Purpose: Metabolic tumor burden (MTB) measurements including metabolic tumor volume and total lesion glycolysis have been shown to have prognostic value in non-small-cell lung cancer (NSCLC). The calculation of MTB typically utilizes software to semiautomatically draw volumes of interest around the tumor, which are subsequently manually adjusted by the radiologist to include the entire tumor. The manual adjustment step can be time-consuming and observer-dependent. We compared the agreement of MTB values obtained using the semiautomatic method with and without manual adjustment in NSCLC patients.
Methods: This IRB-approved prospective study included 134 patients with histologically proven NSCLC who underwent fluorine-18 fluorodeoxyglucose PET/computed tomography. The MTB of the primary tumor was measured with a semiautomatic gradient-based method without manual adjustment (the semiautomatic gradient method) and with manual adjustment (the manually adjusted semiautomatic gradient method) by two radiologists using the MIM PETedge tool. The paired t-test, Wilcoxon signed-rank test, and concordance correlation coefficient (CCC) were calculated to evaluate the agreement between MTB measures obtained with these two methods, as well as agreement between the two radiologists for each method.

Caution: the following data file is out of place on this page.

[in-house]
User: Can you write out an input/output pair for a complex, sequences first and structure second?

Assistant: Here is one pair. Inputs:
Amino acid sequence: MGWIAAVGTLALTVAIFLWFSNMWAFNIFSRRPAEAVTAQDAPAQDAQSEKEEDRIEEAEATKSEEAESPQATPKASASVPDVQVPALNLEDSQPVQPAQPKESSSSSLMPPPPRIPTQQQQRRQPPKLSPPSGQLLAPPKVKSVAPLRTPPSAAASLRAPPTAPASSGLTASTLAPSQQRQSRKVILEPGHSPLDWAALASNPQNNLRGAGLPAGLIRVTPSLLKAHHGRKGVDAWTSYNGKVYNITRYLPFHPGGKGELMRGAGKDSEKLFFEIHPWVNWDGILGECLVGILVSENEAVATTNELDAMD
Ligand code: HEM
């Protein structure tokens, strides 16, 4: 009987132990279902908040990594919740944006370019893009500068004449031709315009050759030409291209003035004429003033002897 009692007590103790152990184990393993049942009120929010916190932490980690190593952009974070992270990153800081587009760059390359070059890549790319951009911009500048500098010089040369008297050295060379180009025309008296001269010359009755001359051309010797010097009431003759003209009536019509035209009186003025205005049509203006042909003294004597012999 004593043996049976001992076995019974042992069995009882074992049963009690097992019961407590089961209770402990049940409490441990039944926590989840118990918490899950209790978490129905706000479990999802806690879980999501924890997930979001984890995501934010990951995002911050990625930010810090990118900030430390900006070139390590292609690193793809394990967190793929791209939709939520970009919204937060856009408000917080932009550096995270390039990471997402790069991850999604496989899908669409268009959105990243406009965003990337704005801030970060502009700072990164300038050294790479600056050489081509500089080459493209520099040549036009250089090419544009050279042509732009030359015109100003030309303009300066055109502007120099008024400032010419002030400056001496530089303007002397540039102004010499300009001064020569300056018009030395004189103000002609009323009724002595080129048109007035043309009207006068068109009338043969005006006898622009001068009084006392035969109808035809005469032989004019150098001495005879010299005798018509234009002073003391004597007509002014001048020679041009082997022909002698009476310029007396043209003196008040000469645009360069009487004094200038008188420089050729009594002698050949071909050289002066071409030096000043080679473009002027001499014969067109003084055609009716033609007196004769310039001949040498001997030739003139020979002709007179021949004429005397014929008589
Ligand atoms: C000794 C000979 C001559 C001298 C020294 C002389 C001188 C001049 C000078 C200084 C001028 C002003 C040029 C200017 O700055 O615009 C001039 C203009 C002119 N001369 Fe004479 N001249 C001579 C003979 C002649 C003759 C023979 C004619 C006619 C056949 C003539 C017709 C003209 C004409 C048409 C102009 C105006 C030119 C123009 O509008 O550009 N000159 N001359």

Results: Maximum standardized uptake value was identical between the two methods. No statistically significant difference was present for peak standardized uptake value, metabolic tumor volume, and total lesion glycolysis values between the two methods (P=0.23, 0.45, and 0.37, respectively). Excellent agreement between the two methods was found in terms of CCC (CCC>0.98 for all measures). Interobserver reliability was excellent for all measures (CCC>0.90).
Conclusion: The semiautomatic gradient-based tumor-segmentation method can be used without the additional manual adjustment step for MTB quantification of primary NSCLC tumors.